The idea of AIDS being a punishment from God was widespread wasn’t it.
“Yes, it was mainstream.”
You mentioned your short film RSVP earlier which you made back in the 1980s and I wondered how that and maybe this Killing Patient Zero too, have helped you articulate your own feelings on the AIDS crisis?
“It was an honour to tell this story because it shocks me that young people don’t know this, that a holocaust was allowed to happen to gay men 36 years ago. It made me so angry again, because although we have AIDS memorials and candlelight marches I feel like we’ve gotten so puritanical on the left, and in some ways I feel like people dismiss older gay white men or older gay men period, as if we have it all, but we don’t and probably won’t for generations and generations. In a way, in making this film, I felt like I as able to get a lot off my chest, the cost of prejudice on individual lives. I hope this film will have a long life because in some ways I feel like it’s the greatest statement I’ve been able to make in my film career about how I feel about being gay in North America.”
What did you make of the link that one of your contributors makes in the film between the reaction to the AIDS crisis and marriage equality and other rights we have now, that are unfortunately in danger.
“I feel like there is a direct link, I mean not everyone would say that, but I feel like there must be. I said this to B. Ruby Rich and she didn’t agree. I feel like there must be some collective guilt and reckoning about what was done to gay men and that it may have helped people sympathise. To me, it’s one of the strangest things in life, terrible things often give rise to good things and with the AIDS epidemic, as is said in the film, it took thousands upon thousands of gay men to die to have America wake up to the fact that we are part of this culture.”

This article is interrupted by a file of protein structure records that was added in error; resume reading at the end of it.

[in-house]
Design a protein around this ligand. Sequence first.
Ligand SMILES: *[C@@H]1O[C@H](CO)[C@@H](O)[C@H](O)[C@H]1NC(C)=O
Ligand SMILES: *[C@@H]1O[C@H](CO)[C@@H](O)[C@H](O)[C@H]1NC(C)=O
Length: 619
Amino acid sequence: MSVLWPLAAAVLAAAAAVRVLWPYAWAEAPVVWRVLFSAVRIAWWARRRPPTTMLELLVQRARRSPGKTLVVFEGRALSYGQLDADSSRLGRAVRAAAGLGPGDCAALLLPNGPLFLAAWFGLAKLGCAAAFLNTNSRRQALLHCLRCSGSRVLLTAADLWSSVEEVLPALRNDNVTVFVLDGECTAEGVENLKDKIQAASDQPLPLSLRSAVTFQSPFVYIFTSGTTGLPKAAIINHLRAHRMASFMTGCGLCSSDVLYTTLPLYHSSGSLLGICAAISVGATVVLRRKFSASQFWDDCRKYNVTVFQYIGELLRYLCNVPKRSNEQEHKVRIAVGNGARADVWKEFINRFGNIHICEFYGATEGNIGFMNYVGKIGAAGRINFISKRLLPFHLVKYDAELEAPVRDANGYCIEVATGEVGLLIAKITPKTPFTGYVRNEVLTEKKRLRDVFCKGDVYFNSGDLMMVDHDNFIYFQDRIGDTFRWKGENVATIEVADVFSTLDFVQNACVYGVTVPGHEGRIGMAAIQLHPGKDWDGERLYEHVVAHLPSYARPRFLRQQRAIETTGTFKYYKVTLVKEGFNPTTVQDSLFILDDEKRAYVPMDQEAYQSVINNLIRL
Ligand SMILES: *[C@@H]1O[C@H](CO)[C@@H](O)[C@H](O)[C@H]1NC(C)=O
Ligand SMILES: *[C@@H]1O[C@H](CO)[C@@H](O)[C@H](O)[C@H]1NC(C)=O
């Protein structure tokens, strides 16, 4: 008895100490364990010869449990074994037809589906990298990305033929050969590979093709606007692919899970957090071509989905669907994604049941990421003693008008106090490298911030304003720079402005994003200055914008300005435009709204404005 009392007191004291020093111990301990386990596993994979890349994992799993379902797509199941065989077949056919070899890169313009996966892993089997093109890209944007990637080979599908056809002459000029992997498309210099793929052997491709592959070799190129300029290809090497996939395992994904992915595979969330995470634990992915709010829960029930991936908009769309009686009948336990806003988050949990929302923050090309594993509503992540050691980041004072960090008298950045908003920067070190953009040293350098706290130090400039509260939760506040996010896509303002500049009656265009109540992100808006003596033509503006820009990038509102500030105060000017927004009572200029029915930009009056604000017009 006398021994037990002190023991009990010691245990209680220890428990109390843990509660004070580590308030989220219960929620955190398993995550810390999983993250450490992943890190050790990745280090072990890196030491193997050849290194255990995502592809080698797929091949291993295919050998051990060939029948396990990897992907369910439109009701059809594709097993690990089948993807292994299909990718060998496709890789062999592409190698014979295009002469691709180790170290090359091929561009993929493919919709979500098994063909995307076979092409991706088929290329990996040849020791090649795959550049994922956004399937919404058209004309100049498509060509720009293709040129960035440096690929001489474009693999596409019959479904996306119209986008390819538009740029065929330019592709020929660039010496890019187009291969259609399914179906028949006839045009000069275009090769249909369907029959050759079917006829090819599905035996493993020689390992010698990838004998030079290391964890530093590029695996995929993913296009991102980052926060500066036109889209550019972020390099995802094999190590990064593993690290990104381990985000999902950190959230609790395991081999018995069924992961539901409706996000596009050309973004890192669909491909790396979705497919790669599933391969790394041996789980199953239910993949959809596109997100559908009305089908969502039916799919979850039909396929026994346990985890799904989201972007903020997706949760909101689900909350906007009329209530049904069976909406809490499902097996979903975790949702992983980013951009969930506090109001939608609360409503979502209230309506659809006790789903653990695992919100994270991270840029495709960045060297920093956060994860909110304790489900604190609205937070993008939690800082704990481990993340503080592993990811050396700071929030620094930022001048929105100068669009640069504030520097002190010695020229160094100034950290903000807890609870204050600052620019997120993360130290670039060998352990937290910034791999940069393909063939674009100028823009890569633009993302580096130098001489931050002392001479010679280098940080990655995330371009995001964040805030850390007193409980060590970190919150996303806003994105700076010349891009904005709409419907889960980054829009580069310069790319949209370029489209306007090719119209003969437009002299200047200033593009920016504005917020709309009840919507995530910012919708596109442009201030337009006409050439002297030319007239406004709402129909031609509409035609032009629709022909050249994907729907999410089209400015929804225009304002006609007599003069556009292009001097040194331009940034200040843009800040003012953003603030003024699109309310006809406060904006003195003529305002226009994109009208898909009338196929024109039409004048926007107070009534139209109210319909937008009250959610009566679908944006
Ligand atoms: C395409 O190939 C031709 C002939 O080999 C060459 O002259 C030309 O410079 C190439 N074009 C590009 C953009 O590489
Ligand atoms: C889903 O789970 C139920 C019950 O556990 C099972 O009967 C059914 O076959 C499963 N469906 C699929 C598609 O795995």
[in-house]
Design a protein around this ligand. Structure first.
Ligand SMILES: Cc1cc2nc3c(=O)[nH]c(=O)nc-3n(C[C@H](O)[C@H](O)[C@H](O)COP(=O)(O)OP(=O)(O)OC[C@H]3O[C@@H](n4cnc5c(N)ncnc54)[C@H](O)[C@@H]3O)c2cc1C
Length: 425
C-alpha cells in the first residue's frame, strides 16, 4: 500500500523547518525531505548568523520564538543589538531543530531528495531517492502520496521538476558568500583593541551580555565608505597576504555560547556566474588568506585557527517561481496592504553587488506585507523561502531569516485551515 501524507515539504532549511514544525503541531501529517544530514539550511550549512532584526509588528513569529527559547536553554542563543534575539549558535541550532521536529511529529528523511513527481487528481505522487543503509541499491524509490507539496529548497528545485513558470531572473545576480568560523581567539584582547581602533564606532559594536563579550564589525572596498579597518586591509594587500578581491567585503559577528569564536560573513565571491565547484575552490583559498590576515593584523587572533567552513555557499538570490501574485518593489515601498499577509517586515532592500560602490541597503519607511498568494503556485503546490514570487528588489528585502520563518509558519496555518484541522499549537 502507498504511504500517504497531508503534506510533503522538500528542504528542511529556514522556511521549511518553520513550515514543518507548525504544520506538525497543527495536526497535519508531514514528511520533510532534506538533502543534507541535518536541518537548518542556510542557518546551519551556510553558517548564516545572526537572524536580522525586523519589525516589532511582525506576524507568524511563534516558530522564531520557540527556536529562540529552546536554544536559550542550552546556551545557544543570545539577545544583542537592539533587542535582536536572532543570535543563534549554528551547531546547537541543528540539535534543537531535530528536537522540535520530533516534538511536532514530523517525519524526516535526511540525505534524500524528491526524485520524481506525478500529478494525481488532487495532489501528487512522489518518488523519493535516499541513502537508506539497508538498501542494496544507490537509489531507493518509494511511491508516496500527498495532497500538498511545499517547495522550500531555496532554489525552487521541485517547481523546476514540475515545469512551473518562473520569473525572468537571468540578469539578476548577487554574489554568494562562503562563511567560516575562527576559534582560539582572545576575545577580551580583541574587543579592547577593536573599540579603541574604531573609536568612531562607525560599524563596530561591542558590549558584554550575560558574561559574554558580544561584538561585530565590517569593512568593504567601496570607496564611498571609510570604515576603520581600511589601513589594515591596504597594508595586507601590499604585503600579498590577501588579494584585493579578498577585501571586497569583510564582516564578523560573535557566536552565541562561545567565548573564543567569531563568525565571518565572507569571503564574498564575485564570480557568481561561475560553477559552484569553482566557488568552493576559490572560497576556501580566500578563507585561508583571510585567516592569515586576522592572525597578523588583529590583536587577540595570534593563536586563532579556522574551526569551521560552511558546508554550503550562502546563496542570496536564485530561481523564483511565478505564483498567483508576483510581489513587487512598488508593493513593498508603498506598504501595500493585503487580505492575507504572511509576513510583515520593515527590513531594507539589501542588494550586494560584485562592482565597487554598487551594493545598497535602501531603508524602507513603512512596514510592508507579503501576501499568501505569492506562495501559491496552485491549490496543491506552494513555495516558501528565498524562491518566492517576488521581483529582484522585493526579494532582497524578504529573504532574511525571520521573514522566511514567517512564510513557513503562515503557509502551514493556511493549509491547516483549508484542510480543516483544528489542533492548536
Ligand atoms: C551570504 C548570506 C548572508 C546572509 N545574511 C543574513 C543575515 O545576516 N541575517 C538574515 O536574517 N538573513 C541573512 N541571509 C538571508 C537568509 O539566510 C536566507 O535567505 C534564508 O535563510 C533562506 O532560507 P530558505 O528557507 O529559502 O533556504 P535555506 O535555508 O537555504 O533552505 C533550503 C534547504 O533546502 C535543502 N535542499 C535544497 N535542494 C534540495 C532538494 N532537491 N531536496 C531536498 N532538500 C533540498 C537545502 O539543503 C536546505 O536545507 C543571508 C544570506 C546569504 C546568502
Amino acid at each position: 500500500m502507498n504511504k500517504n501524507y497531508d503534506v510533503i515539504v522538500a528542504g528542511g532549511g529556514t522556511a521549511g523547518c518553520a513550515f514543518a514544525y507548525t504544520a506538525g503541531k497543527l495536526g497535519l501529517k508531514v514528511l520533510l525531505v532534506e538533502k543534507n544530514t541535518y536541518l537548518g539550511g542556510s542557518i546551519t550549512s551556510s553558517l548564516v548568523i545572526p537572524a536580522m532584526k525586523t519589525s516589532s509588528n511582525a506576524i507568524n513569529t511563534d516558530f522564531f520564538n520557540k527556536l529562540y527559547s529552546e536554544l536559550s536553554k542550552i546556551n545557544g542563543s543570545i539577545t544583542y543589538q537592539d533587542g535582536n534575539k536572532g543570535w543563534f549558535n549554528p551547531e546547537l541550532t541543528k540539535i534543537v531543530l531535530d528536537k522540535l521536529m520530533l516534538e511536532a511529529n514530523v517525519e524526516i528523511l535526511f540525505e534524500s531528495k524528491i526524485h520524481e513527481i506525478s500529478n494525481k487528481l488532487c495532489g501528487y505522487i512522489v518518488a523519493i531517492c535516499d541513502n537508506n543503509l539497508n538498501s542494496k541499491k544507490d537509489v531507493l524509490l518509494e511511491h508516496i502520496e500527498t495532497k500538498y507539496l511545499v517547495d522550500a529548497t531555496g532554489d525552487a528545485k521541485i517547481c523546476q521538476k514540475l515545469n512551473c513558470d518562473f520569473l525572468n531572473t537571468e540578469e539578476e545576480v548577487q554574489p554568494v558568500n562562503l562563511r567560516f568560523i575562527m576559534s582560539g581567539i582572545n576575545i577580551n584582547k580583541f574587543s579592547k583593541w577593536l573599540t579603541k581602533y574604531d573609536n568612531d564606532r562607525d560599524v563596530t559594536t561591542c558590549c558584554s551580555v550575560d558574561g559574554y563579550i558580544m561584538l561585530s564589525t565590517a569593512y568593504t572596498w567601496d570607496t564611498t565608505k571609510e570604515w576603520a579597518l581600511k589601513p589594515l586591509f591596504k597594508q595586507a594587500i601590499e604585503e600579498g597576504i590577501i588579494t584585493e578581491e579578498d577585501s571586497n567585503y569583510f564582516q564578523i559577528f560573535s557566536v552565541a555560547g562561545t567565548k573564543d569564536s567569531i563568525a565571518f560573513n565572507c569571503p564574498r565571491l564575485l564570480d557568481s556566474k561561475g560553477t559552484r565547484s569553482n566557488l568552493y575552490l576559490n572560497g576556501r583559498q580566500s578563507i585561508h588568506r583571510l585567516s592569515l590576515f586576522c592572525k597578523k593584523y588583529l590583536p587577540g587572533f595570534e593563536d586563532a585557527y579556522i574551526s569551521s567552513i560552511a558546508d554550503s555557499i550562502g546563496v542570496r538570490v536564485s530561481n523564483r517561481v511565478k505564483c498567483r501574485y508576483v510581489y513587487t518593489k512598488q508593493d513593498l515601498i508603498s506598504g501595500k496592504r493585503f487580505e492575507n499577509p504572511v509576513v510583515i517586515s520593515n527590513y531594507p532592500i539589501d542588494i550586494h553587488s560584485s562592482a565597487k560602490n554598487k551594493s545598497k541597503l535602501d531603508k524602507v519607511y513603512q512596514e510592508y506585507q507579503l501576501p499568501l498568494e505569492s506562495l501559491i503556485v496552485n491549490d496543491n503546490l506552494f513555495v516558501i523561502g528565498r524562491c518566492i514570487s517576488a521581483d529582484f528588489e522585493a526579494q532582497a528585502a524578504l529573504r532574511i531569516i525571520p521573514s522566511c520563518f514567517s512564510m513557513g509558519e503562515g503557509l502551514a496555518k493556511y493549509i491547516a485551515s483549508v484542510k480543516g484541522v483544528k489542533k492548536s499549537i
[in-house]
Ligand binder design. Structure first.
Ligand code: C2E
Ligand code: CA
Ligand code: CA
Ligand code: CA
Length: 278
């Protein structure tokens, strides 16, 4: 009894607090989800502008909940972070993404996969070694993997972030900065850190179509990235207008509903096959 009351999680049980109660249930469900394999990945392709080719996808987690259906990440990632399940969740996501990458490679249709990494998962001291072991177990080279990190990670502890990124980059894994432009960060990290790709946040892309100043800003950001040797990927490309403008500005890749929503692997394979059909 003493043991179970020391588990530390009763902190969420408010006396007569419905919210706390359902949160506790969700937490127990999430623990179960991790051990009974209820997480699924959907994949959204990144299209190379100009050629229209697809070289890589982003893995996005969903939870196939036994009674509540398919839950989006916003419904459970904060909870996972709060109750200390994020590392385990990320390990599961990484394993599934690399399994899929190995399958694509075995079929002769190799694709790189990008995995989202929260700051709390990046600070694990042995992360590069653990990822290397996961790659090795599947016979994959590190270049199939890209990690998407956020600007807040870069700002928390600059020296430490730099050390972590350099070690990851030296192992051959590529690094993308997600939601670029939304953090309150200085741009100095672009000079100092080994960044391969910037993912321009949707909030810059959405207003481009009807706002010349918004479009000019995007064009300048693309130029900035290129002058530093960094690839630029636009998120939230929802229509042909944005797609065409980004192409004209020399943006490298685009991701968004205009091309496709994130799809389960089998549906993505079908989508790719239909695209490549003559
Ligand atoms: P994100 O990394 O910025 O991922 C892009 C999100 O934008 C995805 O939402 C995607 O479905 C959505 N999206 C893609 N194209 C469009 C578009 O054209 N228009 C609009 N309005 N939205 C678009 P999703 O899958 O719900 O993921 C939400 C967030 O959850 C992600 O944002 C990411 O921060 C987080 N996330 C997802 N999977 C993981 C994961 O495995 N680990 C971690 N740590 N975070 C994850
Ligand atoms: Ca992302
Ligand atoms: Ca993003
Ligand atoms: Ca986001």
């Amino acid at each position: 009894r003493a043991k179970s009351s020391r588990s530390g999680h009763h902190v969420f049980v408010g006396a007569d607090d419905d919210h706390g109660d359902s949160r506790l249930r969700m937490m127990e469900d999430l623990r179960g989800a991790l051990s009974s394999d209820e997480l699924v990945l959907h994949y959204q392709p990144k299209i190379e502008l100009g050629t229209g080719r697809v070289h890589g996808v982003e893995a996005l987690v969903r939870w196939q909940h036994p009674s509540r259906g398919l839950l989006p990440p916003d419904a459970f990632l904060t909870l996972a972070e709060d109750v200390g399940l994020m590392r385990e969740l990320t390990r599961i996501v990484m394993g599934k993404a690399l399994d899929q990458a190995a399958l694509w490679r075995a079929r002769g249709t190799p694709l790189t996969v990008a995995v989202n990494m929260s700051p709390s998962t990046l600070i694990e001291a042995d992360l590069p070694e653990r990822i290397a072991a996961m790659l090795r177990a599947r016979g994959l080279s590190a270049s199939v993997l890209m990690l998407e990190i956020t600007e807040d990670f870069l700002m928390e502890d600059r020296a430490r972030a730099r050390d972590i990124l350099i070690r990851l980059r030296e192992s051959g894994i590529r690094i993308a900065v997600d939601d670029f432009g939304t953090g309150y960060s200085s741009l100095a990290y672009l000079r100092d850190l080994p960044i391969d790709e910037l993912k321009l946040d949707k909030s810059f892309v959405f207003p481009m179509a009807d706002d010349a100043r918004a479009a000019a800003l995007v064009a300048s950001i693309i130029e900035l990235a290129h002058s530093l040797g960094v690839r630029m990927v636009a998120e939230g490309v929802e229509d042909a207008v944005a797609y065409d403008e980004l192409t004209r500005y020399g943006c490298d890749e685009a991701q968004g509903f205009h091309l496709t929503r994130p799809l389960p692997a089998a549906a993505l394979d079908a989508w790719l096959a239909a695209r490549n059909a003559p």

“It’s an interesting time in the arts because we’re in a bubble. Yes, in Toronto, or in New York, it’s easy and fine to be gay, but in small town Ontario, I could still get called fag, I could still get beaten up for holding my partner’s hand. I still have to think twice when a repair man comes into my house whether I say my partner, or my roommate. I think people aren’t as smart as they should about how much it’s still not easy, and I angry about that.”
I think it might be different for younger gay men, but I can’t hold my husband’s hand for very long without worrying about what might happen, whatever city I’m in.
“My partner Eric is a psychotherapist and he often says straight people don’t realise they’ve never had to think about their sexuality, never had to think about it.”